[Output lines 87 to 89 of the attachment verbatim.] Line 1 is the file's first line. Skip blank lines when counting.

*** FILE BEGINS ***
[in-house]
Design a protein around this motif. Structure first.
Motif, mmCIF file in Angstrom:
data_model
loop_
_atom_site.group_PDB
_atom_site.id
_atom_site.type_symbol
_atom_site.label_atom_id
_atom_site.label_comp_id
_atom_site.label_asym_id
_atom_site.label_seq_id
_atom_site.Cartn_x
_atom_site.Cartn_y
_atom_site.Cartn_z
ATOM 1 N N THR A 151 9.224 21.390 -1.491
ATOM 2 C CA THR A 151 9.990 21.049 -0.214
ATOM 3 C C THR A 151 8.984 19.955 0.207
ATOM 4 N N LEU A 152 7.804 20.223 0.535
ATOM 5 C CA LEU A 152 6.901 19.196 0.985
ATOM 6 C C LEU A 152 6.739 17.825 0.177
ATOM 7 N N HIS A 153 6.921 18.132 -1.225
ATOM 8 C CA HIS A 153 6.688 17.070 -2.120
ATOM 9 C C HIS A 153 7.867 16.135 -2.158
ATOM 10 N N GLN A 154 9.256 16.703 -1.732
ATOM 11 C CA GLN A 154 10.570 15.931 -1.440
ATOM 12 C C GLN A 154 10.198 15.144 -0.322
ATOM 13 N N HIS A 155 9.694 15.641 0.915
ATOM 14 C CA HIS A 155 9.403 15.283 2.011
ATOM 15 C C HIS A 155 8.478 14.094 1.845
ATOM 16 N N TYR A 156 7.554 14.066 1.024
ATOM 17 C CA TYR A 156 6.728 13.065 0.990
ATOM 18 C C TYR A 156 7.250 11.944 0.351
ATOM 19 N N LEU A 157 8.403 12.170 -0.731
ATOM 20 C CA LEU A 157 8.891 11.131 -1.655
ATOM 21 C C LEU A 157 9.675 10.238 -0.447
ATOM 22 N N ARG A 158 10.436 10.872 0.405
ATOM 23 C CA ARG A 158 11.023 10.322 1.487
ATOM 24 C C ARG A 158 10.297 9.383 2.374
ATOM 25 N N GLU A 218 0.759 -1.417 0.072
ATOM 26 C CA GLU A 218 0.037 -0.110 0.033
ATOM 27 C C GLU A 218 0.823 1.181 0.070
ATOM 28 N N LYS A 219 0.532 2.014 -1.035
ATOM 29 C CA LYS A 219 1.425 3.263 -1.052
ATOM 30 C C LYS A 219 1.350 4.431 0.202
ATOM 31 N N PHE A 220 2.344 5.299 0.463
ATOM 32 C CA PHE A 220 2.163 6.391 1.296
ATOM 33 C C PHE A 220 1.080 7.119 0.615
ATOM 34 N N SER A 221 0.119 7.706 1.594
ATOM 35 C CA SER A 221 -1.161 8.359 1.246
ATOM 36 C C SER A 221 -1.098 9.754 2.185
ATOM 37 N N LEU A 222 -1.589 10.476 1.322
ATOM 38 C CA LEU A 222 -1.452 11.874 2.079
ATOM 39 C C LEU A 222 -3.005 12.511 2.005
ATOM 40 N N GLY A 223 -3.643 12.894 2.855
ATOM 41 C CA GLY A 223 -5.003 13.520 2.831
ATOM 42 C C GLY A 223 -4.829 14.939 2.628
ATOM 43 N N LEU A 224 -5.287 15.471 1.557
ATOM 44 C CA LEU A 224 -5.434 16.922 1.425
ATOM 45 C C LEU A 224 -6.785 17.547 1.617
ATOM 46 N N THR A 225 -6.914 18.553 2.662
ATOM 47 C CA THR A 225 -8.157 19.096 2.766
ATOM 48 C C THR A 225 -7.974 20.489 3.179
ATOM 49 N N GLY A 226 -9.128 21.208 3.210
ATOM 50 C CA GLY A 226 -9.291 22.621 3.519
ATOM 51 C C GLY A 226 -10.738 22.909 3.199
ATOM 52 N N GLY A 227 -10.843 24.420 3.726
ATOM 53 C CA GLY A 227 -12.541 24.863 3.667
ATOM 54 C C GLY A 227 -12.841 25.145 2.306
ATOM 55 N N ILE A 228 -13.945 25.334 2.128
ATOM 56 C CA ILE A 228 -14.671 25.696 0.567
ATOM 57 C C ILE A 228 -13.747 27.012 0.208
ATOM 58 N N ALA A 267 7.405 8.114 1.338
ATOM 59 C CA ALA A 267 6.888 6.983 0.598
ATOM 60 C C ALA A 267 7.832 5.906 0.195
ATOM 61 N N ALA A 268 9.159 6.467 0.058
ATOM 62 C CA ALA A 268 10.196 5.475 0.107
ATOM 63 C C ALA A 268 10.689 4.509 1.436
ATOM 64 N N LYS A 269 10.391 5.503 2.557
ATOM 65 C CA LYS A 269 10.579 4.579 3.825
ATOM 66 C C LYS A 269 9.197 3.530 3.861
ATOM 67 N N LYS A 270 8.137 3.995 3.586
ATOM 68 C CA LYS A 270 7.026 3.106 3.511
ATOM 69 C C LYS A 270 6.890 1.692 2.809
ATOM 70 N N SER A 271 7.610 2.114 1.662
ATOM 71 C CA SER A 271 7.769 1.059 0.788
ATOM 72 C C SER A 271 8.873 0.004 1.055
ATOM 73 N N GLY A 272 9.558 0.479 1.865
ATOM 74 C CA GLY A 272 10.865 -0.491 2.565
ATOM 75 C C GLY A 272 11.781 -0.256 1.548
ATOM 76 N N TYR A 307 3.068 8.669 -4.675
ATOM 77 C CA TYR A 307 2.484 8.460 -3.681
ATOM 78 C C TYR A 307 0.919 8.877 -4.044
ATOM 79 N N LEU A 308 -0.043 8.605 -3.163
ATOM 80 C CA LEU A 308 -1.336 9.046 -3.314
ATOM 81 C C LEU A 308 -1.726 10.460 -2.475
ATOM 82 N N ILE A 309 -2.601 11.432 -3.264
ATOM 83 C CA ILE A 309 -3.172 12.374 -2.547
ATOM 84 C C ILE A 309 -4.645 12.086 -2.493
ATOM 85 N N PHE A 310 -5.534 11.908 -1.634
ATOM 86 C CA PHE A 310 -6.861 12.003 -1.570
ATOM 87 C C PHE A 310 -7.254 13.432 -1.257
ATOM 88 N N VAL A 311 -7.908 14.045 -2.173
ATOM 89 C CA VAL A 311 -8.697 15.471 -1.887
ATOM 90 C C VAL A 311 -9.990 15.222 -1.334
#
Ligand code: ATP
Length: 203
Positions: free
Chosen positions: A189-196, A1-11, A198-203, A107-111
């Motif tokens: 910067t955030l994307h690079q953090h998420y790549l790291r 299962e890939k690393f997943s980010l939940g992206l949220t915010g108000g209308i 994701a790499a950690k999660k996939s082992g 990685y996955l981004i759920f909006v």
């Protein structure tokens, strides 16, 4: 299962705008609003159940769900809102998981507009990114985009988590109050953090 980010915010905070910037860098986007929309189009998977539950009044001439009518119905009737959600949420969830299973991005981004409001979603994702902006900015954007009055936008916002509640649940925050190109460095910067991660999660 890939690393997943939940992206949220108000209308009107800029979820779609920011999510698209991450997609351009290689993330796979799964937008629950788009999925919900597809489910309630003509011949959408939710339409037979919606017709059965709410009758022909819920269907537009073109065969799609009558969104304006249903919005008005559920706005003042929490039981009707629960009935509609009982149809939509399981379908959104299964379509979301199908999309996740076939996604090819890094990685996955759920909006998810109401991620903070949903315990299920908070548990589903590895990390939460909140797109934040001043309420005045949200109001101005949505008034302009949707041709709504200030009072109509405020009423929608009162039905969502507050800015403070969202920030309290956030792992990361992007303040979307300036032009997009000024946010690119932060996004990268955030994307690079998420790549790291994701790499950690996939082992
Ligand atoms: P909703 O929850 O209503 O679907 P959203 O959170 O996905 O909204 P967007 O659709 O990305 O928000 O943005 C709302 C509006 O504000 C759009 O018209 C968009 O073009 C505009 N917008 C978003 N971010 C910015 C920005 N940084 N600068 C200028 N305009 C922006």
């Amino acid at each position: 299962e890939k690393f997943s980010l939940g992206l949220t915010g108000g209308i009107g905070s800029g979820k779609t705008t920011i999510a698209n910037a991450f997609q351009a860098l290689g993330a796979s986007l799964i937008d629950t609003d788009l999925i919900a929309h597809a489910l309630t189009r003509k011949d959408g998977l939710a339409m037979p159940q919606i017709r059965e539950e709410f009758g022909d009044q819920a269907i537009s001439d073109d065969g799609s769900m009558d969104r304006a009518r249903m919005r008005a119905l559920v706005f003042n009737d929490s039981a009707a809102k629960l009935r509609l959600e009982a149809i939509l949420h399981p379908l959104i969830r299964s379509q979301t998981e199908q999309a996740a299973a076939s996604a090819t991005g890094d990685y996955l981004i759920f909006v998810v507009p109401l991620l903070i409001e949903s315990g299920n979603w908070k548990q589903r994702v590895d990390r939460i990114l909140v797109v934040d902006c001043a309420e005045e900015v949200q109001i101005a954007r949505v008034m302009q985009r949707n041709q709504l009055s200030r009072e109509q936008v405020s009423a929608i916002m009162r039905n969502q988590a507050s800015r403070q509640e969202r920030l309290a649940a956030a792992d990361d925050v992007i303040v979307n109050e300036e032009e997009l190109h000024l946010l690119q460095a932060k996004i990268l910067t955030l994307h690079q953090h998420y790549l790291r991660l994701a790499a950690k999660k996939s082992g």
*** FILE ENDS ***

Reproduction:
ATOM 72 C C SER A 271 8.873 0.004 1.055
ATOM 73 N N GLY A 272 9.558 0.479 1.865
ATOM 74 C CA GLY A 272 10.865 -0.491 2.565